I’m delighted to be part of the lovely Alysha Kaye’s blog tour for The Waiting Room.
NOTE ON UPDATE – The blog tour stop is UP!
This is really a delightful story where the author uses a waiting room for your next life to deal with issues of love, life and existence within the context of a couple who are separated by an early death. This isn’t intended to be a theological treatise or an argument for reincarnation, rather it provides a nice narrative framework to address these issues within the story arc. For a little more formal description.
Jude and Nina are the epitome of that whole raw, unflinching love thing that most people are jealous of. That is, until Jude dies and wakes up in The Waiting Room, surrounded by other souls who are all waiting to pass over into their next life. But unlike those souls, Jude’s name is never called by the mysterious “receptionist”. He waits, watching Nina out of giant windows. He’s waiting for her. What is this place? How long will he wait? And what will happen when and if Nina does join him? The Waiting Room is a story of not just love, but of faith, predestination, and philosophy, friendship and self-actualization, of waiting.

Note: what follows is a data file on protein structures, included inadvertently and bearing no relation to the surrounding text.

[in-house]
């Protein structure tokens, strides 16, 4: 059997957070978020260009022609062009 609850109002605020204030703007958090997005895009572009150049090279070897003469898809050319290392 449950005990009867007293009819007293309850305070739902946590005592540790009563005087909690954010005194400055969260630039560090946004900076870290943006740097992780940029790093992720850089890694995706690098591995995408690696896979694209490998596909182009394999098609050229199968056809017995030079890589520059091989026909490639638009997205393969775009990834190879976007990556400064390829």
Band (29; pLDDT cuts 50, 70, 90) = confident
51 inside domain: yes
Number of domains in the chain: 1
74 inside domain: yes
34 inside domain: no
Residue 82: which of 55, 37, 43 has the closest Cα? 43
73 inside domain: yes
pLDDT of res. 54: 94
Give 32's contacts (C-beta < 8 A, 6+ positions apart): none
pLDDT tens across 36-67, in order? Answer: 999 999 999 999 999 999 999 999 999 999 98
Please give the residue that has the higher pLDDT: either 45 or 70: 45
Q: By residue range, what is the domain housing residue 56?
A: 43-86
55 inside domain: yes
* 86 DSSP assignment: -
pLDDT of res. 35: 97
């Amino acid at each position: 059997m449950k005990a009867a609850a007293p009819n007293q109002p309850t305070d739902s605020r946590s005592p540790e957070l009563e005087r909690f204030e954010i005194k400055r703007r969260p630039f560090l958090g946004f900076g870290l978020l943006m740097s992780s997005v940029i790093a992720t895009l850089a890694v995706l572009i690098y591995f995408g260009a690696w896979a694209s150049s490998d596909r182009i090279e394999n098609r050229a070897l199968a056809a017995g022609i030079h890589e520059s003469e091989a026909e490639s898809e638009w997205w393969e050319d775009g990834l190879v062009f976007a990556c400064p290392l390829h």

This will include an interview, review and more. The tour will be 7/10 – 7/17; see http://alyshakaye.wordpress.com/2014/07/07/710-717-blog-tour/ for details as well a number of other delightful blogs participating. I’ll be coming right on the tail end of the tour, 7/18; that’s right, I’m the caboose sneaking in on the end.
For more on Ms. Kaye:
About the author:
Alysha Kaye was born in San Marcos, TX, where she also received her BA in Creative Writing from Texas State University. She worked in marketing for a brief and terrible cubicle-soul-sucking time until she was accepted into Teach for America and promptly moved to Oahu. She taught 7th grade English in Aiea for two years and also received her Masters in Education from University of Hawaii. She now teaches in Austin, TX and tries to squeeze in as much writing as possible between lesson planning. She dreamt about The Waiting Room once, and offhandedly wrote her boyfriend a love poem about waiting for him after death. Somehow, that became a novel.